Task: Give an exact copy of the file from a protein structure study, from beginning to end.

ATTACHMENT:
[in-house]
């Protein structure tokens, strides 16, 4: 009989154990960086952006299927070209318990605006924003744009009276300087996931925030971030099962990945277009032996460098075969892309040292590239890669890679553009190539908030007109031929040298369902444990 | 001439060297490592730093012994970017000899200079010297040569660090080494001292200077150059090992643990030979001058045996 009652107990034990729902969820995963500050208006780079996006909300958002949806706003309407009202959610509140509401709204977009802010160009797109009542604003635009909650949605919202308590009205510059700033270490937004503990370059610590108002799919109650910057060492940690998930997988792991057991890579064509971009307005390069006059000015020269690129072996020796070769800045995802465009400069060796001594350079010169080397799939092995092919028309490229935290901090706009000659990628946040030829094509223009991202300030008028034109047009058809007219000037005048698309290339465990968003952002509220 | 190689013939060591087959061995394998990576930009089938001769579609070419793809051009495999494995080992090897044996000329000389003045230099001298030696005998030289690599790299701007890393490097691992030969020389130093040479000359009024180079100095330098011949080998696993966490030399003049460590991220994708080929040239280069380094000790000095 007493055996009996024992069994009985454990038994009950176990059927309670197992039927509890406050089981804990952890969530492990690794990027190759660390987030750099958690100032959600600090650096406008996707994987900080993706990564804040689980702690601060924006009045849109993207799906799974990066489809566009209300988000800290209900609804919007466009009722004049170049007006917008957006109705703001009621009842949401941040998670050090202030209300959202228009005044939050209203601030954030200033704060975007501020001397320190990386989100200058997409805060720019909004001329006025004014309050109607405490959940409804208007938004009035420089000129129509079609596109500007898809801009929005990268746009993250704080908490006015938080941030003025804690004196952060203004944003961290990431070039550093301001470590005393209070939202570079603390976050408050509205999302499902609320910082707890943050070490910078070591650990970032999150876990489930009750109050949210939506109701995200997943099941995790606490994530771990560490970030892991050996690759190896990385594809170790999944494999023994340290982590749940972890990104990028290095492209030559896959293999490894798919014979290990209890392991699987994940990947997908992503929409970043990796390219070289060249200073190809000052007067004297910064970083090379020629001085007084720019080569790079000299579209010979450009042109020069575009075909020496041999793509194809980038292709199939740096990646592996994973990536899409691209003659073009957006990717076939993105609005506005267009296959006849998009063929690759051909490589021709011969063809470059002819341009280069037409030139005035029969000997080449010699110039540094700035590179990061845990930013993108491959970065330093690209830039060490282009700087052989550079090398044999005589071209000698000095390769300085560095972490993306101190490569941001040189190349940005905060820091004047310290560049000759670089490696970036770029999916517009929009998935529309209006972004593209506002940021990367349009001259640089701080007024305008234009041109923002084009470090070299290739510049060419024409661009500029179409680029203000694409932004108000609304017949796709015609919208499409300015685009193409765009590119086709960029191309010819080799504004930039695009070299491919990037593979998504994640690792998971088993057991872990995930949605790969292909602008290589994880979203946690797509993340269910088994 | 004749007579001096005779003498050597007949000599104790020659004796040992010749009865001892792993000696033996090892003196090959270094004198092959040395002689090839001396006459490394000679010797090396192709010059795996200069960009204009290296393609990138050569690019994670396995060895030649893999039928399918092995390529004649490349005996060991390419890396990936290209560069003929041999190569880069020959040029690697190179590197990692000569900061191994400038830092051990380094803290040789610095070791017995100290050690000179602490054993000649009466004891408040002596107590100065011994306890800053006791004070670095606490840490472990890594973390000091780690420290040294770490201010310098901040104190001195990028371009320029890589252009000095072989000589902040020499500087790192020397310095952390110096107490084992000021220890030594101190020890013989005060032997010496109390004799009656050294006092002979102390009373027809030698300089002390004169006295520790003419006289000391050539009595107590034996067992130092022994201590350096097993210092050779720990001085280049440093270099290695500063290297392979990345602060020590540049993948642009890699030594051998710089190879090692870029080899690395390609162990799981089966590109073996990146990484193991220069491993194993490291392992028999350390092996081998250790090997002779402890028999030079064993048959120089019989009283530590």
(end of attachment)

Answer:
[in-house]
């Protein structure tokens, strides 16, 4: 009989154990960086952006299927070209318990605006924003744009009276300087996931925030971030099962990945277009032996460098075969892309040292590239890669890679553009190539908030007109031929040298369902444990 | 001439060297490592730093012994970017000899200079010297040569660090080494001292200077150059090992643990030979001058045996 009652107990034990729902969820995963500050208006780079996006909300958002949806706003309407009202959610509140509401709204977009802010160009797109009542604003635009909650949605919202308590009205510059700033270490937004503990370059610590108002799919109650910057060492940690998930997988792991057991890579064509971009307005390069006059000015020269690129072996020796070769800045995802465009400069060796001594350079010169080397799939092995092919028309490229935290901090706009000659990628946040030829094509223009991202300030008028034109047009058809007219000037005048698309290339465990968003952002509220 | 190689013939060591087959061995394998990576930009089938001769579609070419793809051009495999494995080992090897044996000329000389003045230099001298030696005998030289690599790299701007890393490097691992030969020389130093040479000359009024180079100095330098011949080998696993966490030399003049460590991220994708080929040239280069380094000790000095 007493055996009996024992069994009985454990038994009950176990059927309670197992039927509890406050089981804990952890969530492990690794990027190759660390987030750099958690100032959600600090650096406008996707994987900080993706990564804040689980702690601060924006009045849109993207799906799974990066489809566009209300988000800290209900609804919007466009009722004049170049007006917008957006109705703001009621009842949401941040998670050090202030209300959202228009005044939050209203601030954030200033704060975007501020001397320190990386989100200058997409805060720019909004001329006025004014309050109607405490959940409804208007938004009035420089000129129509079609596109500007898809801009929005990268746009993250704080908490006015938080941030003025804690004196952060203004944003961290990431070039550093301001470590005393209070939202570079603390976050408050509205999302499902609320910082707890943050070490910078070591650990970032999150876990489930009750109050949210939506109701995200997943099941995790606490994530771990560490970030892991050996690759190896990385594809170790999944494999023994340290982590749940972890990104990028290095492209030559896959293999490894798919014979290990209890392991699987994940990947997908992503929409970043990796390219070289060249200073190809000052007067004297910064970083090379020629001085007084720019080569790079000299579209010979450009042109020069575009075909020496041999793509194809980038292709199939740096990646592996994973990536899409691209003659073009957006990717076939993105609005506005267009296959006849998009063929690759051909490589021709011969063809470059002819341009280069037409030139005035029969000997080449010699110039540094700035590179990061845990930013993108491959970065330093690209830039060490282009700087052989550079090398044999005589071209000698000095390769300085560095972490993306101190490569941001040189190349940005905060820091004047310290560049000759670089490696970036770029999916517009929009998935529309209006972004593209506002940021990367349009001259640089701080007024305008234009041109923002084009470090070299290739510049060419024409661009500029179409680029203000694409932004108000609304017949796709015609919208499409300015685009193409765009590119086709960029191309010819080799504004930039695009070299491919990037593979998504994640690792998971088993057991872990995930949605790969292909602008290589994880979203946690797509993340269910088994 | 004749007579001096005779003498050597007949000599104790020659004796040992010749009865001892792993000696033996090892003196090959270094004198092959040395002689090839001396006459490394000679010797090396192709010059795996200069960009204009290296393609990138050569690019994670396995060895030649893999039928399918092995390529004649490349005996060991390419890396990936290209560069003929041999190569880069020959040029690697190179590197990692000569900061191994400038830092051990380094803290040789610095070791017995100290050690000179602490054993000649009466004891408040002596107590100065011994306890800053006791004070670095606490840490472990890594973390000091780690420290040294770490201010310098901040104190001195990028371009320029890589252009000095072989000589902040020499500087790192020397310095952390110096107490084992000021220890030594101190020890013989005060032997010496109390004799009656050294006092002979102390009373027809030698300089002390004169006295520790003419006289000391050539009595107590034996067992130092022994201590350096097993210092050779720990001085280049440093270099290695500063290297392979990345602060020590540049993948642009890699030594051998710089190879090692870029080899690395390609162990799981089966590109073996990146990484193991220069491993194993490291392992028999350390092996081998250790090997002779402890028999030079064993048959120089019989009283530590």